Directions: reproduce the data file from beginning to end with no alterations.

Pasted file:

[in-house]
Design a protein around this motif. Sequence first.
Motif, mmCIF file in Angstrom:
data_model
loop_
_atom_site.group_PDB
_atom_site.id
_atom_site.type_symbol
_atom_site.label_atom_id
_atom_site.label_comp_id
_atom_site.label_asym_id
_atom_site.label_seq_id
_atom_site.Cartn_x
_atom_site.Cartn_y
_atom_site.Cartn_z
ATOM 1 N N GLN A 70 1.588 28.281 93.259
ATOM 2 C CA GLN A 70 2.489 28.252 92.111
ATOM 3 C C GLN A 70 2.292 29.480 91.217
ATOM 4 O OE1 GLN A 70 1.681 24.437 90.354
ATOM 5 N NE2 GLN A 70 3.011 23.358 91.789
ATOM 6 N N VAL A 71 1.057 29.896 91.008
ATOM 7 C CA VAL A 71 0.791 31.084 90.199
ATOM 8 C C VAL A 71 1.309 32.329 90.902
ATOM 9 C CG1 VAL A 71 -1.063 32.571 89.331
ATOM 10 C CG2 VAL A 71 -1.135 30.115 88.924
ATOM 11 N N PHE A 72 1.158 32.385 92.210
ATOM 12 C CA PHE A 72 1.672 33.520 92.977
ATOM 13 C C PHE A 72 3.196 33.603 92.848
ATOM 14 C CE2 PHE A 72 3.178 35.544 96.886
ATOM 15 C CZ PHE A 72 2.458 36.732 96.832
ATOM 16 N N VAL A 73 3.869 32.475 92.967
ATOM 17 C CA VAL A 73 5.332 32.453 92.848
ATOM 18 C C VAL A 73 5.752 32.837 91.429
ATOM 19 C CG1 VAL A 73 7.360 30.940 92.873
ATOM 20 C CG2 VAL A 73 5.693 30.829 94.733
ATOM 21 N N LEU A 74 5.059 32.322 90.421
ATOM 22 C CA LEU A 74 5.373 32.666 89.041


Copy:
[in-house]
Design a protein around this motif. Sequence first.
Motif, mmCIF file in Angstrom:
data_model
loop_
_atom_site.group_PDB
_atom_site.id
_atom_site.type_symbol
_atom_site.label_atom_id
_atom_site.label_comp_id
_atom_site.label_asym_id
_atom_site.label_seq_id
_atom_site.Cartn_x
_atom_site.Cartn_y
_atom_site.Cartn_z
ATOM 1 N N GLN A 70 1.588 28.281 93.259
ATOM 2 C CA GLN A 70 2.489 28.252 92.111
ATOM 3 C C GLN A 70 2.292 29.480 91.217
ATOM 4 O OE1 GLN A 70 1.681 24.437 90.354
ATOM 5 N NE2 GLN A 70 3.011 23.358 91.789
ATOM 6 N N VAL A 71 1.057 29.896 91.008
ATOM 7 C CA VAL A 71 0.791 31.084 90.199
ATOM 8 C C VAL A 71 1.309 32.329 90.902
ATOM 9 C CG1 VAL A 71 -1.063 32.571 89.331
ATOM 10 C CG2 VAL A 71 -1.135 30.115 88.924
ATOM 11 N N PHE A 72 1.158 32.385 92.210
ATOM 12 C CA PHE A 72 1.672 33.520 92.977
ATOM 13 C C PHE A 72 3.196 33.603 92.848
ATOM 14 C CE2 PHE A 72 3.178 35.544 96.886
ATOM 15 C CZ PHE A 72 2.458 36.732 96.832
ATOM 16 N N VAL A 73 3.869 32.475 92.967
ATOM 17 C CA VAL A 73 5.332 32.453 92.848
ATOM 18 C C VAL A 73 5.752 32.837 91.429
ATOM 19 C CG1 VAL A 73 7.360 30.940 92.873
ATOM 20 C CG2 VAL A 73 5.693 30.829 94.733
ATOM 21 N N LEU A 74 5.059 32.322 90.421
ATOM 22 C CA LEU A 74 5.373 32.666 89.041